- One-Woman Wail: Present in a lot of the soundtrack, most noticeably the title sequence.
- Only Smart People May Pass: Subject 16's "The Truth" puzzles, especially the last few.
- Painting the Medium: In a conversation with Rebecca, Desmond thanks her for the implementation of subtitles.
- Panty Shot: Given intentionally by Caterina Sforza in the DLC Sequence 12.
- Paper-Thin Disguise: During Carnevale, Ezio wears a little mask to disguise himself. It works surprisingly well, given that he's wearing it under his hood. That is to say, the hood of his distinctive Assassin's Robes, which he continues to wear. Even during the rest of the game, this applies just because of him being able to be Incognito despite wearing the Assassin's Robes — aka the very robes he had been wearing at his father and brothers' execution — in public.
- Somewhat justified with the fact that many travelers in 1500s Italy would wear robes with hoods to protect themselves from the forces of nature. In addition, guards wouldn't usually call out armed people on streets unless they had a reason to, which is apparent in the "Restricted Areas."
- Perfect Poison: Ezio eventually acquires poison that he holds in a hollow section of a Hidden Blade. This likely means he transfers the poison to his target by a cut or prick (the in-game animation is a subtle poke). The poison acts so quickly that the target doesn't even have time to realize that he's been poked with a sharp object before it takes effect.
- It isn't likely that poisons were so potent in Renaissance Italy, much less so in wide distribution, as you can acquire some from doctors.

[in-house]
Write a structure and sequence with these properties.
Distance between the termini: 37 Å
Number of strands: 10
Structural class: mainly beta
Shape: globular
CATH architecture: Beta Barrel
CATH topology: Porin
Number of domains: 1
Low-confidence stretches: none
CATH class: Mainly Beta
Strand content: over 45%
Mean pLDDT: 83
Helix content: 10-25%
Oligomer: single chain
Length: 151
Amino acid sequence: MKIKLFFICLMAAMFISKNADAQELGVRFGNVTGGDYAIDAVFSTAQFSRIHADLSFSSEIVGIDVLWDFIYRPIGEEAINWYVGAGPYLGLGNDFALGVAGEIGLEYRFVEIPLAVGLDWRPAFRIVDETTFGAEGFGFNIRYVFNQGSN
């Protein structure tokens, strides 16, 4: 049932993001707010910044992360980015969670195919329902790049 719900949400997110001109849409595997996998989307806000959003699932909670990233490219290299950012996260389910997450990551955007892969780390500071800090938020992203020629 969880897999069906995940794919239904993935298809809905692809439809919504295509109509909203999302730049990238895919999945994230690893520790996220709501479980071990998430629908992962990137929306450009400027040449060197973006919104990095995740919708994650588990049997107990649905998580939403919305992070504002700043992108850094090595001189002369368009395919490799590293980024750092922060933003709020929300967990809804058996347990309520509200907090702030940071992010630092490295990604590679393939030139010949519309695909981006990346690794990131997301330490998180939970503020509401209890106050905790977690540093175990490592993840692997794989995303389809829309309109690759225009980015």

- Point of No Return: At the start of Memory Sequence 14, after finding and putting together the Codex you'll be given a choice to travel to Rome. Once you do, you won't be able to go any other part of the game until after you finish the story by defeating Rodrigo Borgia and entering the Vault.
- Plot Lock: Throwing knives are disabled for at least one of the catacomb chase sequences.
- You also can't grab on to Rodrigo Borgia if you enable your sword because doing so would give you the option to kill him way before you're supposed to.
- You aren't allowed to brandish any weapons in the fighting ring in Venice.
- Posthumous Character: Technically, all of Those Who Came Before. By the time the very first AC game rolled around, their race was extinct.
- Power Fist: You can buy a Metal Cestus for Ezio. It only goes on one hand, oddly enough, and can never be unequipped.
- Power Perversion Potential: In-Universe, Desmond (unwillingly) experiences the conception of one of his ancestors through the "bleeding effect" from using the Animus.
- Practical Taunt: The taunting action makes an opponent attack sooner, so you don't have to wait as long to counter the attack.
- Precision F-Strike: Although the F-bomb is dropped several times throughout the game, there are several points where it truly serves to accentuate the scene:
- In the beginning, Lucy yells at Desmond to "Shut the fuck up!" during their escape.
- Ezio tells the final boss, Pope Alexander VI, the most powerful man in Italy and the entire Catholic religion, to "Go fuck yourself." Talk about balls of steel.
- The last line in the game before the credits roll and The Stinger occurs is "What. The. Fuck." Desmond adequately sums up what's probably running through the gamer's mind or being spoken at the time.